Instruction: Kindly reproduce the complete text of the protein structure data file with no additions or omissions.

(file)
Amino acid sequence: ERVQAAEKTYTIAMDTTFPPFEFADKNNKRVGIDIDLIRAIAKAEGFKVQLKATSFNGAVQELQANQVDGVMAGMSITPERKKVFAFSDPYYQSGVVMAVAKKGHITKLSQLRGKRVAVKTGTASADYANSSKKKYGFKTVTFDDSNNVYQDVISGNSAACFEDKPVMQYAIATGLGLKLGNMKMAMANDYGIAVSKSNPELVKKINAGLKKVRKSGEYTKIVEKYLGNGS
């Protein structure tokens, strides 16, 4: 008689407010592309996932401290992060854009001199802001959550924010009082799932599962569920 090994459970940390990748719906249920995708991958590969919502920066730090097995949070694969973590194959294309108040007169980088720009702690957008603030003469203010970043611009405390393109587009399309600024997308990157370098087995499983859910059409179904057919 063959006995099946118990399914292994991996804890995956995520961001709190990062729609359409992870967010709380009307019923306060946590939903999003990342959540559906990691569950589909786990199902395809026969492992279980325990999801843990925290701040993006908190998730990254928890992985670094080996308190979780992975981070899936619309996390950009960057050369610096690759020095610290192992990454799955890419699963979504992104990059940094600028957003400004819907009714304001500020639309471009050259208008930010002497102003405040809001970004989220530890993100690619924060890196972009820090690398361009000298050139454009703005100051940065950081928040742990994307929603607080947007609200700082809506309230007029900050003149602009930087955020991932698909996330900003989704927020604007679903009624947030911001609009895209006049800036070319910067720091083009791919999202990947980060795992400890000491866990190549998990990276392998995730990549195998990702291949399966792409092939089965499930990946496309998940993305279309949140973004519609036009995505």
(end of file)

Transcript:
Amino acid sequence: ERVQAAEKTYTIAMDTTFPPFEFADKNNKRVGIDIDLIRAIAKAEGFKVQLKATSFNGAVQELQANQVDGVMAGMSITPERKKVFAFSDPYYQSGVVMAVAKKGHITKLSQLRGKRVAVKTGTASADYANSSKKKYGFKTVTFDDSNNVYQDVISGNSAACFEDKPVMQYAIATGLGLKLGNMKMAMANDYGIAVSKSNPELVKKINAGLKKVRKSGEYTKIVEKYLGNGS
């Protein structure tokens, strides 16, 4: 008689407010592309996932401290992060854009001199802001959550924010009082799932599962569920 090994459970940390990748719906249920995708991958590969919502920066730090097995949070694969973590194959294309108040007169980088720009702690957008603030003469203010970043611009405390393109587009399309600024997308990157370098087995499983859910059409179904057919 063959006995099946118990399914292994991996804890995956995520961001709190990062729609359409992870967010709380009307019923306060946590939903999003990342959540559906990691569950589909786990199902395809026969492992279980325990999801843990925290701040993006908190998730990254928890992985670094080996308190979780992975981070899936619309996390950009960057050369610096690759020095610290192992990454799955890419699963979504992104990059940094600028957003400004819907009714304001500020639309471009050259208008930010002497102003405040809001970004989220530890993100690619924060890196972009820090690398361009000298050139454009703005100051940065950081928040742990994307929603607080947007609200700082809506309230007029900050003149602009930087955020991932698909996330900003989704927020604007679903009624947030911001609009895209006049800036070319910067720091083009791919999202990947980060795992400890000491866990190549998990990276392998995730990549195998990702291949399966792409092939089965499930990946496309998940993305279309949140973004519609036009995505």